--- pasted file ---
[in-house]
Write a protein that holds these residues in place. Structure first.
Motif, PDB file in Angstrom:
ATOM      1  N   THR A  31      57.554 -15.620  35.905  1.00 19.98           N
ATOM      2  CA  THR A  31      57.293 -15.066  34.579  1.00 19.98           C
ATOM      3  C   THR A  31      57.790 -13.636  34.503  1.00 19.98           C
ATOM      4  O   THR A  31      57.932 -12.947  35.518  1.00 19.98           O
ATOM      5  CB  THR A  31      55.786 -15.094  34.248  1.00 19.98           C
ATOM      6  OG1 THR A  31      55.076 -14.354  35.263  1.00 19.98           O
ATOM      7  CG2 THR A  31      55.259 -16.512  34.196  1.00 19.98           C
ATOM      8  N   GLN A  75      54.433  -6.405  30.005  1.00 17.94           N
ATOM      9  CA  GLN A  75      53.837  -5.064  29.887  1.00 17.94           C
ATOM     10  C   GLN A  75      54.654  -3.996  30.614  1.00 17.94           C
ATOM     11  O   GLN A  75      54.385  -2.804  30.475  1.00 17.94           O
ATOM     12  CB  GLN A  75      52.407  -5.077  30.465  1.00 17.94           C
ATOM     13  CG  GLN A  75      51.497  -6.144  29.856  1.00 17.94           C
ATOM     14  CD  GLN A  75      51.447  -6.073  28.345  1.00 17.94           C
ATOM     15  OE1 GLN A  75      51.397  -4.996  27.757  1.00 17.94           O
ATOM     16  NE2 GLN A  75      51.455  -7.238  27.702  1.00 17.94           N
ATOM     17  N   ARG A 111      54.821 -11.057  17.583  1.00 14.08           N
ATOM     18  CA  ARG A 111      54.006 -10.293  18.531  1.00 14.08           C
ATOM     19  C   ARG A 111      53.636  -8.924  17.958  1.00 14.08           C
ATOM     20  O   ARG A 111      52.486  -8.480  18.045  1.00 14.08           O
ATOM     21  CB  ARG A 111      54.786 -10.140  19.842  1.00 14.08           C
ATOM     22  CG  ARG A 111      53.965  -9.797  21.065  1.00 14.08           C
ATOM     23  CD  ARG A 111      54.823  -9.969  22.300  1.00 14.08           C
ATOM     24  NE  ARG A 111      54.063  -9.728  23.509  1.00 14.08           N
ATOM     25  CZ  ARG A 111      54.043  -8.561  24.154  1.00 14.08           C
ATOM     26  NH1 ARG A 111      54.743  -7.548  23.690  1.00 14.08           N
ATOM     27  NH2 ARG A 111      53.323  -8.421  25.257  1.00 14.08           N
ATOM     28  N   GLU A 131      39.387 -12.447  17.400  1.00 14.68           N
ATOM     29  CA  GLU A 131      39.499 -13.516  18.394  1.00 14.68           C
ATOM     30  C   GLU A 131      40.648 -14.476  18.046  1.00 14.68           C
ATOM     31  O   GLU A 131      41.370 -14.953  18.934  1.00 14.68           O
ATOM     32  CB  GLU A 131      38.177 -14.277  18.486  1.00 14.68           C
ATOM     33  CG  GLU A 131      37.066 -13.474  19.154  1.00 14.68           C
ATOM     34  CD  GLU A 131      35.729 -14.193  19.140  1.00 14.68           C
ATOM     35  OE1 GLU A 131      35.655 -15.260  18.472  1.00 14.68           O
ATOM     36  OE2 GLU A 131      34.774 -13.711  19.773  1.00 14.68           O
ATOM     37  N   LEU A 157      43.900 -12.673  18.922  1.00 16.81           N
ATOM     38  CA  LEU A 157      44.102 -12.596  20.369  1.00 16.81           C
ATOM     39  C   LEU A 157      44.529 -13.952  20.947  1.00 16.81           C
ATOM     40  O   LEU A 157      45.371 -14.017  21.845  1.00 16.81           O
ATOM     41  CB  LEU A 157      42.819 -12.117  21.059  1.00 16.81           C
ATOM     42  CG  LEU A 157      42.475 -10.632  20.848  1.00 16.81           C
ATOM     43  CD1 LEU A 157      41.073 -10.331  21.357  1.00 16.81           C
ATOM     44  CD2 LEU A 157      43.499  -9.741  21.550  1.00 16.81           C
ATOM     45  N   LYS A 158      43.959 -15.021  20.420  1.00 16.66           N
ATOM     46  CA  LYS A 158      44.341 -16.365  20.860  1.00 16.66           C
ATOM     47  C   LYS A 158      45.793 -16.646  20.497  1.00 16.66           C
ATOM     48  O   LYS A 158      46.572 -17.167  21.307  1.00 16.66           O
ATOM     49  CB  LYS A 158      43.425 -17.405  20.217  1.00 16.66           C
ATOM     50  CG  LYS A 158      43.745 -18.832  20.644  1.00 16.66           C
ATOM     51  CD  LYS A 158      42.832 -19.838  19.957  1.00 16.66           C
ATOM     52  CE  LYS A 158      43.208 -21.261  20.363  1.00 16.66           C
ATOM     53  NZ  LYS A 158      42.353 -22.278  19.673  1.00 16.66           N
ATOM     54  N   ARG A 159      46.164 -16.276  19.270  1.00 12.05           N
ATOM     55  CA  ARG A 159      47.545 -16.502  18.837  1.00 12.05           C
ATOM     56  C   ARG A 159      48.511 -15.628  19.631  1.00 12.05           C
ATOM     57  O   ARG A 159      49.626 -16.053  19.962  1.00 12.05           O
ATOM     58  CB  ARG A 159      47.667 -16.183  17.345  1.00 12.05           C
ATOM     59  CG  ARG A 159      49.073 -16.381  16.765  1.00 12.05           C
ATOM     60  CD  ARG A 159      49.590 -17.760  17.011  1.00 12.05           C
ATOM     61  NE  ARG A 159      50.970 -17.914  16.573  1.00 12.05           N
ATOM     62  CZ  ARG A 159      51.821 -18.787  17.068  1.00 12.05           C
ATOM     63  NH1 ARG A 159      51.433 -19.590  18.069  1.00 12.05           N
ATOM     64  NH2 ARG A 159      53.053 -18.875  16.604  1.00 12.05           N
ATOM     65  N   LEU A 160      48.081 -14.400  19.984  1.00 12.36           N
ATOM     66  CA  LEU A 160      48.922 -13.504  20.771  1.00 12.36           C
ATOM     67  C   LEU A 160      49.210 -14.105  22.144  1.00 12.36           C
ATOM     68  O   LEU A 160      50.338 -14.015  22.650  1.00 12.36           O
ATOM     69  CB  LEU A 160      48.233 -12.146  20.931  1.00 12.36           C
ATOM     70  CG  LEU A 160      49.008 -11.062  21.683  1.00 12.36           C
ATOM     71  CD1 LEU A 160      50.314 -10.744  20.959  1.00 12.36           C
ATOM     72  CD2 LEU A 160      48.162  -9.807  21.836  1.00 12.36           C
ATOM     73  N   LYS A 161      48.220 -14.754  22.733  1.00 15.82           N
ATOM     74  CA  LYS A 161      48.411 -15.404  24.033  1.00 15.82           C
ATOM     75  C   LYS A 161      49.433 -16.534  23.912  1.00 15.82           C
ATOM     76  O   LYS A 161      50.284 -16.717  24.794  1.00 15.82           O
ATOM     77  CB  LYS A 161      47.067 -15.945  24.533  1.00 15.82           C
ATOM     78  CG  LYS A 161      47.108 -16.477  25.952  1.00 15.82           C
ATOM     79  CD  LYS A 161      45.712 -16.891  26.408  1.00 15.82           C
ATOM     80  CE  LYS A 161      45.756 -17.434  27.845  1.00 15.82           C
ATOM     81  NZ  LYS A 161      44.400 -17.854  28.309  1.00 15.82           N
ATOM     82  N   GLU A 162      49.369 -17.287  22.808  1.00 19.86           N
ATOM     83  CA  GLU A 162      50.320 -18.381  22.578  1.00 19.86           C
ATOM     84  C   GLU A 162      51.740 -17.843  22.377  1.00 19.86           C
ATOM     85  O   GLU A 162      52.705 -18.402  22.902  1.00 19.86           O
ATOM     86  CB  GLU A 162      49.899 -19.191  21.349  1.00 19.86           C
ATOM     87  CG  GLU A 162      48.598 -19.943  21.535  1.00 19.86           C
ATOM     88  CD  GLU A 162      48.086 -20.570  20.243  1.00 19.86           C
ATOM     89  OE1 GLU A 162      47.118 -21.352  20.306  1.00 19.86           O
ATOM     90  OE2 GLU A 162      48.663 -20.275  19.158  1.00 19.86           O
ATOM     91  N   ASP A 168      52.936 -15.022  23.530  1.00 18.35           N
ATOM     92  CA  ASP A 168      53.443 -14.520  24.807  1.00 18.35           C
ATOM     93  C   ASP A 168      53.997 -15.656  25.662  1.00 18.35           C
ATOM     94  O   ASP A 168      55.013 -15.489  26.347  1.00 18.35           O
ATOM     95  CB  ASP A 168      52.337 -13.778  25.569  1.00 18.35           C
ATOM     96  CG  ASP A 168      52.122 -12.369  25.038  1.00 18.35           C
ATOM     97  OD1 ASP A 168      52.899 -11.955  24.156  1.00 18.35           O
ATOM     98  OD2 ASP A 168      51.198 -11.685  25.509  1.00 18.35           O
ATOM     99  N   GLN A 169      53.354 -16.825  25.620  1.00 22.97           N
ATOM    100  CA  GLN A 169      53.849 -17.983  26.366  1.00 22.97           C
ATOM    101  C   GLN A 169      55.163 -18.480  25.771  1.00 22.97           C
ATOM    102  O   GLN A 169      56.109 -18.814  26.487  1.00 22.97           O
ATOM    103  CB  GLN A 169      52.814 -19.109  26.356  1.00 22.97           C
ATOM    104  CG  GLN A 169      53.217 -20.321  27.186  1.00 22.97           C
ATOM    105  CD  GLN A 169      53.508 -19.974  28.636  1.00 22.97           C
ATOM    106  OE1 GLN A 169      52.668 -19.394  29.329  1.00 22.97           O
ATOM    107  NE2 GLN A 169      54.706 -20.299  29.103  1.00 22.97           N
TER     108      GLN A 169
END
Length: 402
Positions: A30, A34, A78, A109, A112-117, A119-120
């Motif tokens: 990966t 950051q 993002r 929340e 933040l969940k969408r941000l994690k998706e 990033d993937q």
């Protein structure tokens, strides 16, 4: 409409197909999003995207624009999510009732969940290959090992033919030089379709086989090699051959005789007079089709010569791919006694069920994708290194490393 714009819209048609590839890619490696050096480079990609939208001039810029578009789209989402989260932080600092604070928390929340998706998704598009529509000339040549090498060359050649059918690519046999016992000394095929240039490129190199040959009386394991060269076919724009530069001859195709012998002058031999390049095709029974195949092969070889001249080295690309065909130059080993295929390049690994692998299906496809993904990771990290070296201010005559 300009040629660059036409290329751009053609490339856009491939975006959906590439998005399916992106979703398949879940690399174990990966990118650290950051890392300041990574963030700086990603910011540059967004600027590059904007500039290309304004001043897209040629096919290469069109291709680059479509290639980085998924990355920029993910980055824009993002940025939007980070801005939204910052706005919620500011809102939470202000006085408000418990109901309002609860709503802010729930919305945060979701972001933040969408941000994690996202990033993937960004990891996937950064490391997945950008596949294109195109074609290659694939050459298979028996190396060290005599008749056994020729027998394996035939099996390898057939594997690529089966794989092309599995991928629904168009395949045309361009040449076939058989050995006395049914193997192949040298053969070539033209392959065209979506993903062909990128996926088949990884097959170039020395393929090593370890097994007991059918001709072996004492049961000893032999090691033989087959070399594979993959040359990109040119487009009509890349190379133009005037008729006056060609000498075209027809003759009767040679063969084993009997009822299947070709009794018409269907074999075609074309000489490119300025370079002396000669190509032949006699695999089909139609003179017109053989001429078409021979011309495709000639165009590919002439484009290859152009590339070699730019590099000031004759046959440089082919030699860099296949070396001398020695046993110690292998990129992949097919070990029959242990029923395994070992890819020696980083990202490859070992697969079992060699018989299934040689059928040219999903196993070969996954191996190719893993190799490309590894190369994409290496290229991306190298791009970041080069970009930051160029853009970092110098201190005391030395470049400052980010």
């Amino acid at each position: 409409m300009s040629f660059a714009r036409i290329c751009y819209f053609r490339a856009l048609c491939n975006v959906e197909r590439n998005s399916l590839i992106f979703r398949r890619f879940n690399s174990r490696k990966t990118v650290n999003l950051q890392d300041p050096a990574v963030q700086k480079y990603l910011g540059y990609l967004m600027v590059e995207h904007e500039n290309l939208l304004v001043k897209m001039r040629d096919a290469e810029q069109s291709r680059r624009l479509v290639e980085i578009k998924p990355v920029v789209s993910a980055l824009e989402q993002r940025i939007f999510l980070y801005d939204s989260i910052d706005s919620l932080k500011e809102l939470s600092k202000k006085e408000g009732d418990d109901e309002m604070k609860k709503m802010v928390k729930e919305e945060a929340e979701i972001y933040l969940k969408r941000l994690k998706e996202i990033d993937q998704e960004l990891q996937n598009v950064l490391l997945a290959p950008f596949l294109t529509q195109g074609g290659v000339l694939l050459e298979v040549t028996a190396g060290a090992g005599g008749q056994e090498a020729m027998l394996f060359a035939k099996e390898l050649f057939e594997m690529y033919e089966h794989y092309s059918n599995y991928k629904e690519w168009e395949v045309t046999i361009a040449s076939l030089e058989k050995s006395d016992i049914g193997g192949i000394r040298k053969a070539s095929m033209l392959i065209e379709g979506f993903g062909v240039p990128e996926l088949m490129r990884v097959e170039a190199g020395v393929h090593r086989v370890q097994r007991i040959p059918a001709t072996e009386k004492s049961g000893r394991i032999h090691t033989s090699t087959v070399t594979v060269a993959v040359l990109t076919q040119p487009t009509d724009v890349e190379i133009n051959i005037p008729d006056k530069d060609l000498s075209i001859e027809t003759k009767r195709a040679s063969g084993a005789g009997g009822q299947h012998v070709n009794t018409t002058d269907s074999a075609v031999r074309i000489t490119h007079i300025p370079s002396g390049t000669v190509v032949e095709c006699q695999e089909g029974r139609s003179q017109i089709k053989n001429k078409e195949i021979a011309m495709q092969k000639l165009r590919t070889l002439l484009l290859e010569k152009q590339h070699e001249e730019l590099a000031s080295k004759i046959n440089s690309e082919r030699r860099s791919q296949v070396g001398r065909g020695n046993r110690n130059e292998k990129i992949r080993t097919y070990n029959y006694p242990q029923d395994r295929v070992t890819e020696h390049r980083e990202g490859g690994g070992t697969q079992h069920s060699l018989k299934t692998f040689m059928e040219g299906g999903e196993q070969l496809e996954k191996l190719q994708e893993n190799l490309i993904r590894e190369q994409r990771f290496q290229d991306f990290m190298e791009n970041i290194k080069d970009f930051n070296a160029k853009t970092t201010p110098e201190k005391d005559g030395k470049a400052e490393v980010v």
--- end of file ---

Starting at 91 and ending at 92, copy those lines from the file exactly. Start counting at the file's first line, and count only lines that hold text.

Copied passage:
ATOM     88  CD  GLU A 162      48.086 -20.570  20.243  1.00 19.86           C
ATOM     89  OE1 GLU A 162      47.118 -21.352  20.306  1.00 19.86           O